The magnificent colonnade that frames the entrance to Flavelle House is the inspiration for the law school's logo.
The original building, built in 1902, has been supplemented by a modern extension which houses the Bora Laskin Law Library and modern classroom space.
As you enter Flavelle House, you will see part of the original building to your right, the Rowell Room to your left, and the modern extension directly ahead.
The Original Building
On the right of the entrance is part of the original Flavelle House, once the residence of Canadian industrialist Sir Joseph Flavelle. The ground floor has been restored, and features beautiful woodwork and mosaic floors, as well as magnificent painted ceilings.
This part of Flavelle House includes the Flavelle Dining Room, used for small classes, seminars and meetings; the Faculty Lounge; and faculty offices. It also houses the Graduate Program, including the graduate student lounge, and the Centre for Innovation Law and Policy.
As part of the renovations, accessibility to the original parts of Flavelle house has been greatly improved thanks to a generous grant from the Law Foundation of Ontario.
The Rowell Room
On the left of the entrance is the lovely Rowell Room, the original solarium of Flavelle House. The Rowell Room is a student-faculty lounge which serves as a gathering spot for the entire law school community.
A small Starbucks outlet serves hot and cold beverages, sandwiches, soups and snacks, while racks of free newspapers dispense Toronto's three daily broasheets (The Globe and Mail, National Post and Toronto Star) as well as various student and community newspapers.
The Rowell Room was recently restored to its original splendour thanks to a donation from the Honourable Henry N. R. Jackman, Chancellor of the University of Toronto from 1997-2002, who graduated from the law school in 1956. The room's original windows have been duplicated and replaced, and the mosaic floor has been restored to its initial beauty.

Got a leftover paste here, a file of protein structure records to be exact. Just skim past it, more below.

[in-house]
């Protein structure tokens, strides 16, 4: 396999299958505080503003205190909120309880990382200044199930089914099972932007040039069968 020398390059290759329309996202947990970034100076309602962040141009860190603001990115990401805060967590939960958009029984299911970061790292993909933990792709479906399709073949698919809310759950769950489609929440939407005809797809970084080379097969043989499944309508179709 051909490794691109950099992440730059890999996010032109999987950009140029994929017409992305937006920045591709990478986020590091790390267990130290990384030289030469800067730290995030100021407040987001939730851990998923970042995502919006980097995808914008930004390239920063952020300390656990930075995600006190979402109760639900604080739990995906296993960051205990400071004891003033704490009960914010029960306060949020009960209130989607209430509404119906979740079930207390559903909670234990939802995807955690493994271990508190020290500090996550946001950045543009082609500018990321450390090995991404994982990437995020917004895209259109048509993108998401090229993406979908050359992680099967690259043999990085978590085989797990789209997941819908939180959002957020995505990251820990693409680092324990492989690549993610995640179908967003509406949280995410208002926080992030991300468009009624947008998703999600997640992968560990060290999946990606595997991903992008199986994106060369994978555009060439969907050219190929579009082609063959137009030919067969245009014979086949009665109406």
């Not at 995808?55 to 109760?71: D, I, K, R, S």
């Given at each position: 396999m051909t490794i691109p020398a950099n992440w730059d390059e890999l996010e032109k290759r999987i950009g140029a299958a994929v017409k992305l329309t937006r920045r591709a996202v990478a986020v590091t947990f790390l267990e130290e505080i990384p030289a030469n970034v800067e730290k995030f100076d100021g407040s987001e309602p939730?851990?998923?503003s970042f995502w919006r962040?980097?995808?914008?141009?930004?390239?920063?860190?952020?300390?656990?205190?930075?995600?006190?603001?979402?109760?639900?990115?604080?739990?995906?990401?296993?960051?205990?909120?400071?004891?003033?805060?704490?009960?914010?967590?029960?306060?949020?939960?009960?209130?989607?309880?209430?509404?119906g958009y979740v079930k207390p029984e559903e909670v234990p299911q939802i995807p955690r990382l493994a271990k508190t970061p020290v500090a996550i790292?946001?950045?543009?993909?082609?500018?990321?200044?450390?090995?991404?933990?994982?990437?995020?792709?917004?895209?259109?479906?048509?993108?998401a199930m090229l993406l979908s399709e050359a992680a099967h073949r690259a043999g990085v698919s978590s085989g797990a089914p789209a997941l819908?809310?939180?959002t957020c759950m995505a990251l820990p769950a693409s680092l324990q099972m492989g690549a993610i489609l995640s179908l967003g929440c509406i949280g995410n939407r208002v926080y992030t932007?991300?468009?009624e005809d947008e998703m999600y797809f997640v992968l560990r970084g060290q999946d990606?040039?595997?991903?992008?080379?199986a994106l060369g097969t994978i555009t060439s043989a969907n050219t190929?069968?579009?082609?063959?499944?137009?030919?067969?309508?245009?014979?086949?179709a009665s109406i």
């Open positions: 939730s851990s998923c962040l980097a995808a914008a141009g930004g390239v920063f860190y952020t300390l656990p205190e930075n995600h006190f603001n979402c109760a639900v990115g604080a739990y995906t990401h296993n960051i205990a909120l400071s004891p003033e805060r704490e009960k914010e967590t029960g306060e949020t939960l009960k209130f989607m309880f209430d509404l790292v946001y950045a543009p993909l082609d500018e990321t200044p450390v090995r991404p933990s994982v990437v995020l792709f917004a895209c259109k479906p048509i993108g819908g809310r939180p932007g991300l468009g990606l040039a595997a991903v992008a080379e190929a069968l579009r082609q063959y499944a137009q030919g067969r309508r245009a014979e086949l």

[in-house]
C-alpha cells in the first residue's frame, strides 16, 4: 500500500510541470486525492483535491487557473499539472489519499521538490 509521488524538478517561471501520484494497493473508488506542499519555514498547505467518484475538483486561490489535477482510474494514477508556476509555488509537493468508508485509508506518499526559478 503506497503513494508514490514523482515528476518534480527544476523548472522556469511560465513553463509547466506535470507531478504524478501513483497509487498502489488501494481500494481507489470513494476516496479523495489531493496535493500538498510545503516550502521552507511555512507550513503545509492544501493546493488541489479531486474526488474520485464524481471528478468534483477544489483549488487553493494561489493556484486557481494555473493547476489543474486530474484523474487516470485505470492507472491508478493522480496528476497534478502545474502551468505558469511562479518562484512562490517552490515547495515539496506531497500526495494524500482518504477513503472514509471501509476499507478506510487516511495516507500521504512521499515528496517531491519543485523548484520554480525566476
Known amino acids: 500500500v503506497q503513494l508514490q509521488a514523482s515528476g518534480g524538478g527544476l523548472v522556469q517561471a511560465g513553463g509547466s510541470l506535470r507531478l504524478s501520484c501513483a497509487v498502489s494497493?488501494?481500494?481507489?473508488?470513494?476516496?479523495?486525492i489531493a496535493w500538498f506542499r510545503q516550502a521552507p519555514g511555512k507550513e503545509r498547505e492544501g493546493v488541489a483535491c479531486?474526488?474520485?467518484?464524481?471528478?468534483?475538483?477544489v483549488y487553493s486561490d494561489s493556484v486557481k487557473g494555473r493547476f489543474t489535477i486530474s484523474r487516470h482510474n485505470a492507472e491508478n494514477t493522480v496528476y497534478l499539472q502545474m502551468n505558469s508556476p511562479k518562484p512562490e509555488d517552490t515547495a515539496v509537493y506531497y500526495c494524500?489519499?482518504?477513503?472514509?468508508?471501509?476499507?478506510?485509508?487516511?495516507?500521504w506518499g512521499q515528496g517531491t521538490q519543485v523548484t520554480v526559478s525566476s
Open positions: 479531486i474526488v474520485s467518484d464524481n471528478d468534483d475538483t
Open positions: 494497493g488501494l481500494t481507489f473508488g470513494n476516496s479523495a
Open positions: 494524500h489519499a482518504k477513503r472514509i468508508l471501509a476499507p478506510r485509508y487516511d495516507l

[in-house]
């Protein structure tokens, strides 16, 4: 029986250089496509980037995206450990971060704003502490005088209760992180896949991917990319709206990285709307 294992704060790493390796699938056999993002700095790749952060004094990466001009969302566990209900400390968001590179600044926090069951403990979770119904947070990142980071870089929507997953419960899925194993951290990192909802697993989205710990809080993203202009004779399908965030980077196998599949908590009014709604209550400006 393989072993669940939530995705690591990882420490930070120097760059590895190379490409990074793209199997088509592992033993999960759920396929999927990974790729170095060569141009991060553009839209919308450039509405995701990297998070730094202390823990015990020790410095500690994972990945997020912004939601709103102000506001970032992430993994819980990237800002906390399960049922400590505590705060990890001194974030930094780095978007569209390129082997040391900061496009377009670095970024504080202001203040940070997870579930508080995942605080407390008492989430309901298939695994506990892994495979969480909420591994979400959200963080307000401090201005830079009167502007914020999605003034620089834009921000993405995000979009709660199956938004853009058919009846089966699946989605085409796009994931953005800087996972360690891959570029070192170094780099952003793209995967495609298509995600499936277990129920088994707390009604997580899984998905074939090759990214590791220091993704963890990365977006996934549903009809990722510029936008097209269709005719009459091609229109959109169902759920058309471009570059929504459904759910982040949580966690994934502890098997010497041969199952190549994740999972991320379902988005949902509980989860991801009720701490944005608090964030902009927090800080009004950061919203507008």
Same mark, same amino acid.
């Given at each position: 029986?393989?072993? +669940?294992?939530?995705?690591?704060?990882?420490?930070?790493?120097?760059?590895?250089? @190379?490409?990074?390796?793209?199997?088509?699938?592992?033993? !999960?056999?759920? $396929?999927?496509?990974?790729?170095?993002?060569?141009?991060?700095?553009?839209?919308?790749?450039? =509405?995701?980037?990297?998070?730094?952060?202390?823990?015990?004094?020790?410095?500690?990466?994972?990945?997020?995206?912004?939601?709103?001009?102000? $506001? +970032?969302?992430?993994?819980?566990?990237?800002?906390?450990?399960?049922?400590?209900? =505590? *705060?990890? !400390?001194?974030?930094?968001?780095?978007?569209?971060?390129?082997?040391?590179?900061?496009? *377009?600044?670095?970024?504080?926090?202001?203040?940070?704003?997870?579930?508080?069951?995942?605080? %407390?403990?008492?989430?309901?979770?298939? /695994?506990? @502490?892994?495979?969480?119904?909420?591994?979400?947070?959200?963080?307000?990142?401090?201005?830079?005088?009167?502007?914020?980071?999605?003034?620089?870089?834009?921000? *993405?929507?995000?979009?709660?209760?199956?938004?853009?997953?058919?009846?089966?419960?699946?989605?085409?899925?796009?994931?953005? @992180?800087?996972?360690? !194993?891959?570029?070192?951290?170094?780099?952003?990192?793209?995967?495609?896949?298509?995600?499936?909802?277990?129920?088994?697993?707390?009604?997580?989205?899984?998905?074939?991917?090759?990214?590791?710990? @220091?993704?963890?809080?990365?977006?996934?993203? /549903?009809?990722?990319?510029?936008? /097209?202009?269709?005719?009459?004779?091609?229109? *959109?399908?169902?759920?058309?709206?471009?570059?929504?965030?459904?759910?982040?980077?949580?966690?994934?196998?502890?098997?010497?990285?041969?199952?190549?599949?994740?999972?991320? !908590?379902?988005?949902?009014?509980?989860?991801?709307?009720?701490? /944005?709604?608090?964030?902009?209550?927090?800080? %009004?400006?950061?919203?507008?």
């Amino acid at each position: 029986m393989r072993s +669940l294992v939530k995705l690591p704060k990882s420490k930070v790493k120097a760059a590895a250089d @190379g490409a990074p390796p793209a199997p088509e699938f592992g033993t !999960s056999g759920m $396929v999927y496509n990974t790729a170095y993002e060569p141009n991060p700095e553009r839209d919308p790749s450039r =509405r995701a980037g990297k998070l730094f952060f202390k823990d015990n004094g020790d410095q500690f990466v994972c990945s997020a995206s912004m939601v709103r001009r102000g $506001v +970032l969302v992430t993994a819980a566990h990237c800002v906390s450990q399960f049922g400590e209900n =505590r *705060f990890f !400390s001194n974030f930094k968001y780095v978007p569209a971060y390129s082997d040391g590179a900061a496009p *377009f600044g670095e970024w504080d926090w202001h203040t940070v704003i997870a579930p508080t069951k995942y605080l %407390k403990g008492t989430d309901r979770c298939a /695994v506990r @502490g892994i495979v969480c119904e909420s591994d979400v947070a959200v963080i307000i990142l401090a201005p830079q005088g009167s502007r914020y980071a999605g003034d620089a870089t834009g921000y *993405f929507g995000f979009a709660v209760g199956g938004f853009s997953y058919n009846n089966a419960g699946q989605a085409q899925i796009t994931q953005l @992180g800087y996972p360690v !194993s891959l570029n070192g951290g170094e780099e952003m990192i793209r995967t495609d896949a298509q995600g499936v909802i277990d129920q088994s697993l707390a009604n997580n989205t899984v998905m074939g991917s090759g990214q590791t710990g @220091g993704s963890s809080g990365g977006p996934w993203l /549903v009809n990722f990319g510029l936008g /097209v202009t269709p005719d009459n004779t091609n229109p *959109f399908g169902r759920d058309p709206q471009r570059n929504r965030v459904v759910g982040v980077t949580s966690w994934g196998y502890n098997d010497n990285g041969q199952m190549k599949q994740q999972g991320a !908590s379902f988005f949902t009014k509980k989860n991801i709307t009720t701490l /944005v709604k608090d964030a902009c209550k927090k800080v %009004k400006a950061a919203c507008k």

The Modern Extension
As you go straight ahead, you will find yourself in the airy, spacious atrium of the modern extension.
The atrium is presided over by a bust of Bora Laskin, one of the founding faculty members of the law school, and a Chief Justice of the Supreme Court of Canada. Behind him, the atrium is framed by part of the wall of the original part of Flavelle House.
The atrium serves as a gathering place for students and for visitors during special events. Student clubs will often set up tables "beside Bora's Head" when they are selling tickets, fundraising, or carrying on charitable campaigns.
The Bora Laskin Law Library
Facing onto the atrium is the entrance to the Bora Laskin Law Library. The library offers more than 265,000 volumes and supports law studies with the highest quality legal resources, services and training.
The entrance to the library features a portrait of Pierre Elliott Trudeau by the artist and cartoonist Duncan Macpherson (visible through the glass on the left). Prime Minster Trudeau appointed Bora Laskin to the Supreme Court, and officially opened the library in 1991.
The Flavelle Classrooms
An elegant curved staircase leads from the atrium to the lower level of the new extension, which houses the majority of the law school's classroom space.
The largest classroom, the Bennet Lecture Hall, is also where the law school's many special lectures are delivered by distinguished guests of the Faculty.
Other classrooms include the Cassels Brock & Blackwell classroom and the McCarthy Tétrault classroom, which features advanced videoconferencing equipment, enabling our students to benefit from presentations, lectures and discussion by scholars and experts from around the world.
Along with the classrooms, the lower level also includes the Rosalie Silberman Abella Moot Court Room, where the law school's mooting program is held.
Beyond Flavelle House
The back of Flavelle House overlooks the beautiful Philosopher's Walk, a University of Toronto landmark.
On the left is the Bora Laskin Law Library.
Robarts Library, one of the largest research libraries in North America, can be seen in the distance.
The oldest and largest of Canada's universities, the University of Toronto offers a wide range of services and opportunities from which students at the Faculty of Law can benefit.